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Does Apple purposefully slow down phones to force you to buy a new one?

Does Apple purposefully slow down phones to force you to buy a new one?
© Grazvydas | Dreamstime

It's always exciting when gadgets are updated with shinier, more advanced features. However, with Moore's Law in mind, newer and faster processors and upgraded components will likely push older gadgets into obsolescence. It's the tech world's version of the circle of life.

It's a known fact that all of the big hitters in the consumer electronics world have end-of-life terms for the products they manufacture. This means after a set amount of time, as required by law, they can cease and are no longer required to provide support for older systems.

But is this whole "in with the new, out with the old" scheme just planned obsolescence? Are old gadgets being rendered unusable through an intentional design motivated by profit?

Is Apple intentionally slowing down your old gadget?

The theory goes like this - Apple intentionally slows down older gadgets' software updates to force its customers to upgrade. Each time a new version of iOS is rolled out, owners of older iPhones are complaining that they're noticing slowdowns with their once-dependable gadgets. But is this actually happening?

It's all in your mind

New data from benchmarking company Futuremark indicates these claims are completely unfounded.

Here's what they did - Futuremark researchers tracked the performance of older iPhones through different iOS updates between April 2016 and September 2017. Their tests showed that iOS updates didn't slow down iPhones significantly at all.

"The graphs for CPU performance show a very slight drop in performance over time —possibly due to minor iOS updates or other factors —but a user would be unlikely to notice this small difference in everyday use," Futuremark stated.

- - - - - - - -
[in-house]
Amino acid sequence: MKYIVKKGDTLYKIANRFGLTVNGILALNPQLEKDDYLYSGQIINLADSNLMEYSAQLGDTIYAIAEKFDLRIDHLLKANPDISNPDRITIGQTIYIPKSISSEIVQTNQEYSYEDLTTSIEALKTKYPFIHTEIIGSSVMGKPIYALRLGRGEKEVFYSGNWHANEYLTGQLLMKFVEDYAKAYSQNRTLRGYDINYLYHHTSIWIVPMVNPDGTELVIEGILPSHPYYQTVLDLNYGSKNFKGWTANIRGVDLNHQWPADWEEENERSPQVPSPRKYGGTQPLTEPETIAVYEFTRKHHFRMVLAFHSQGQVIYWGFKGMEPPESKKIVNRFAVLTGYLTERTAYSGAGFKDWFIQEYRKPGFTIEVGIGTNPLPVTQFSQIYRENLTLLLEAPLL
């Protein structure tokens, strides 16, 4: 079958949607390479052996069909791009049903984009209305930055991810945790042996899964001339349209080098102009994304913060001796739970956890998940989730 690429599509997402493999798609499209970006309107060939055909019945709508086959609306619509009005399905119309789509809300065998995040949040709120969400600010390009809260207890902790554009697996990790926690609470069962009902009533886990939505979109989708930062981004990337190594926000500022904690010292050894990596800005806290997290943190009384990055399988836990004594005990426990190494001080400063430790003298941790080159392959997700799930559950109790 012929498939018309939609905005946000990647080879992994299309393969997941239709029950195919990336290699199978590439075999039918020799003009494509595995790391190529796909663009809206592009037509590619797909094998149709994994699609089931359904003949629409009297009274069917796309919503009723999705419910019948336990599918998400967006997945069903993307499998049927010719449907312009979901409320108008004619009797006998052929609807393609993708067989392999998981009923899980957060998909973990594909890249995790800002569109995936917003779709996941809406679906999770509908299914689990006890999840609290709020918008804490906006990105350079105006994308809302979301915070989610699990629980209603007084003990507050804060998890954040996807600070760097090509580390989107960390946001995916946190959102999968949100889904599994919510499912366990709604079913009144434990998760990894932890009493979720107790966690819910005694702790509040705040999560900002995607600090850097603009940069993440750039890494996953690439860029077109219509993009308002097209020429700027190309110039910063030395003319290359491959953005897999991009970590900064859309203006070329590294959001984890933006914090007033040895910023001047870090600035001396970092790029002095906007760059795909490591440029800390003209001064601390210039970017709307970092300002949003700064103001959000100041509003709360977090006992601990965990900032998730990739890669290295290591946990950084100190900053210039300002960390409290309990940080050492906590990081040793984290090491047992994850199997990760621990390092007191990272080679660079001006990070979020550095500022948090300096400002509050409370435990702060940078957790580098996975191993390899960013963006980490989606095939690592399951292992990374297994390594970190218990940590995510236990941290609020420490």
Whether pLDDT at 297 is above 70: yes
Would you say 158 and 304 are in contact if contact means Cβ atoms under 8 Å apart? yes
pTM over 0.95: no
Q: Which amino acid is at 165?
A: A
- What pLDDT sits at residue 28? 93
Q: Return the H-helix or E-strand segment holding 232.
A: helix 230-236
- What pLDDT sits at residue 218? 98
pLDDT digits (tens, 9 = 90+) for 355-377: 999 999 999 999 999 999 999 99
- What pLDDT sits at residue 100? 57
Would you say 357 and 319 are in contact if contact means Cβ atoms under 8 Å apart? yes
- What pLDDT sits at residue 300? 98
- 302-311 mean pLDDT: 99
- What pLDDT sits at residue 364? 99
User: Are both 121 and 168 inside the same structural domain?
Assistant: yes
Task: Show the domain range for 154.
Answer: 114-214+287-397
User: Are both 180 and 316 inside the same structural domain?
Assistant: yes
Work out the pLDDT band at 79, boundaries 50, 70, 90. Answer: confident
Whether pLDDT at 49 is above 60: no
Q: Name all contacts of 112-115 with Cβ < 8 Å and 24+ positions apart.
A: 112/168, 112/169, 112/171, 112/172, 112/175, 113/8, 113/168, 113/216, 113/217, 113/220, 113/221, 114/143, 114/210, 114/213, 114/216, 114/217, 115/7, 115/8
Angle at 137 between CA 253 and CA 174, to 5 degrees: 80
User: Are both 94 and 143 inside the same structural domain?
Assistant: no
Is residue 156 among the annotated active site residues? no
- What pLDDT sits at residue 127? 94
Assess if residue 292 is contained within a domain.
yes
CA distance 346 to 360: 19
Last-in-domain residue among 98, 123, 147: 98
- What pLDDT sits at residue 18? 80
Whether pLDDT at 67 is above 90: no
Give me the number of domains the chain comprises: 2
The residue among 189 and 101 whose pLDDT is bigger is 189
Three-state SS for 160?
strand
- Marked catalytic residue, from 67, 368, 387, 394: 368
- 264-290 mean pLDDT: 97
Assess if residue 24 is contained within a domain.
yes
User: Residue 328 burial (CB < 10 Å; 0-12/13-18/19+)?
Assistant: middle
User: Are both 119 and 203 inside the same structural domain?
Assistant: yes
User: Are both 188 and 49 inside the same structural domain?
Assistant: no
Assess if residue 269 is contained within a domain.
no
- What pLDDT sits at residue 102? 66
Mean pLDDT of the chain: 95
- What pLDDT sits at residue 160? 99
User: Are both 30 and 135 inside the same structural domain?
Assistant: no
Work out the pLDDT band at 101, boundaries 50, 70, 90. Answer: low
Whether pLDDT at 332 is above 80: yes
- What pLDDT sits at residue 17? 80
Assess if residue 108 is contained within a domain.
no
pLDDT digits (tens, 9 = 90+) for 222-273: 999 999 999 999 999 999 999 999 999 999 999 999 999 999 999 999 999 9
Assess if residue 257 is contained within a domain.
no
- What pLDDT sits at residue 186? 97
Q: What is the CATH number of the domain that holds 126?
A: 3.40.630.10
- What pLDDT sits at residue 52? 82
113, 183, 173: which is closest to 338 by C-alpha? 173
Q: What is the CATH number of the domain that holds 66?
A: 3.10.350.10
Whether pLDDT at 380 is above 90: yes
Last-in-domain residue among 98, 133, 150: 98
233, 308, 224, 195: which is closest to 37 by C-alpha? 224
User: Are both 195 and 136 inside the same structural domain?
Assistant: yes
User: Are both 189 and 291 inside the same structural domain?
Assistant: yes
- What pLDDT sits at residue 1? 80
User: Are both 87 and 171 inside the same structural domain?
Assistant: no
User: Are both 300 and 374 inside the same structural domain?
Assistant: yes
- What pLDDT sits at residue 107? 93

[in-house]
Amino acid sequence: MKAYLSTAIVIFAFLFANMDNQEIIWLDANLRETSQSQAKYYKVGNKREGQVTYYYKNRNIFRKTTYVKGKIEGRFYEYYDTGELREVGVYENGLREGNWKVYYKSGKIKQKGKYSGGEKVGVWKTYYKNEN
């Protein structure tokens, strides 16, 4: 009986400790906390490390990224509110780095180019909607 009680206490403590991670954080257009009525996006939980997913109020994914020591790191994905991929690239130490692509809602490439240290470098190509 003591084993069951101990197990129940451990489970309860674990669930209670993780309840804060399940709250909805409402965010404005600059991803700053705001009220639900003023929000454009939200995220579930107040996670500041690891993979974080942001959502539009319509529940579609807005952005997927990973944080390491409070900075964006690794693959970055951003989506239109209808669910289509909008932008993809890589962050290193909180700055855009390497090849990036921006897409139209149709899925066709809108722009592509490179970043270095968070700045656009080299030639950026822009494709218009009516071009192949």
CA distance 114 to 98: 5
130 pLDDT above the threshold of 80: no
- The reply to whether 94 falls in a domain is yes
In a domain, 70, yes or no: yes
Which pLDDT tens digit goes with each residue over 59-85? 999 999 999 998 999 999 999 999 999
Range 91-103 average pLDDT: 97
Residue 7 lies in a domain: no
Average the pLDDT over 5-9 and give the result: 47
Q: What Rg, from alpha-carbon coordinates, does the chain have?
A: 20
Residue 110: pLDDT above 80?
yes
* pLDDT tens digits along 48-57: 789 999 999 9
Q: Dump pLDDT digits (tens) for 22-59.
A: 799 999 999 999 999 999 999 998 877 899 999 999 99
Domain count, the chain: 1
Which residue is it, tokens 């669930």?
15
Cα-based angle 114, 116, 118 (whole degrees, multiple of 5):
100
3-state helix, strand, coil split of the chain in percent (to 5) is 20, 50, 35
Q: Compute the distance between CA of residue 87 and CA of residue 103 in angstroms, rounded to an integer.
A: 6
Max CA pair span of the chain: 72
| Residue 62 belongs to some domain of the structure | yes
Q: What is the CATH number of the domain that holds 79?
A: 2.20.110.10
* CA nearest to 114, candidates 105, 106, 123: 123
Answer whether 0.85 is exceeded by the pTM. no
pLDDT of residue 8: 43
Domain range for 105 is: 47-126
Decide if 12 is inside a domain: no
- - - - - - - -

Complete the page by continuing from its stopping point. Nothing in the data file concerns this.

• iPhone 5s - the results for the oldest iPhone tested showed that GPU performance remained consistent and stable through iOS 9, 10 and 11. Its CPU performance was likewise consistent, barely changing between updates.

 

  • iPhone 6 - GPU performance actually improved over time, with a small jump with iOS 10 and another noticeable uptick in iOS 11. CPU results slightly decreased over time but nothing significant.

 

  • iPhone 6s - GPU performance spiked with iOS 11 before dropping a bit in May 2017. There was a slight decrease in CPU performance over time but again, nothing significant.

 

  • iPhone 7 - GPU performance slightly dipped over time but improved with iOS 11. CPU performance likewise shows insignificant decreases through the testing period.

 

So, Futuremark concluded that their findings showed that Apple does not really sabotage its products, but in fact, the regular updates ensure that older iOS gadgets achieve stable levels of GPU and CPU speeds.

"Our benchmarking data shows that, rather than intentionally degrading the performance of older models, Apple actually does a good job of supporting its older devices with regular updates that maintain a consistent level of performance across iOS versions," Futuremark continued.

If you think your iPhone is slowing down after each iOS update, it's most likely only in your head. Yep, you're probably just imagining things.

"There is always the psychological effect of knowing that there is a new and improved model available, which can make your own device seem outdated," Futuremark suggested.

New software = new features

Another plausible reason why newer software may feel worse on older iPhones is due to the fact that most of the time, new features require beefier hardware to run.

For example, iOS 11 is introducing plenty of under-the-hood changes like native screen recording and a newer format for photos called High-Efficiency Image File Format (HEIC). While these are great features to have, older iPhones with slower processors will more than likely struggle handling them.

In fact, with iOS 11's shift to a purely 64-bit environment, it will not be available for 32-bit devices like the iPhone 5, iPhone 5C, iPad 4 and older. iOS 11 also killed off thousands of 32-bit apps.

Other benchmark tests

Other sources like EverythingApplePro also regularly benchmarks new and old iOS versions on various iPhone models. Judging by their findings, iOS 11 did only slightly slow down older iPhones. Ars Technica also tested iOS 11 on the oldest iPhone that supports it, the iPhone 5S, and likewise noticed an insignificant decrease in speed.

Overall, data across the board shows that iOS updates DO NOT impact the speeds of older iPhones drastically.

But what do you think? Is Apple intentionally slowing down old gadgets or is it all in the mind? Drop us a comment!

Don't buy the new iPhone until you see what Apple has up its sleeve

The iPhone X is barely out but next-generation iPhone rumors are already swirling around. Before you shell out for a new iPhone, better check out what's in store for us in late 2018 in Apple land first.

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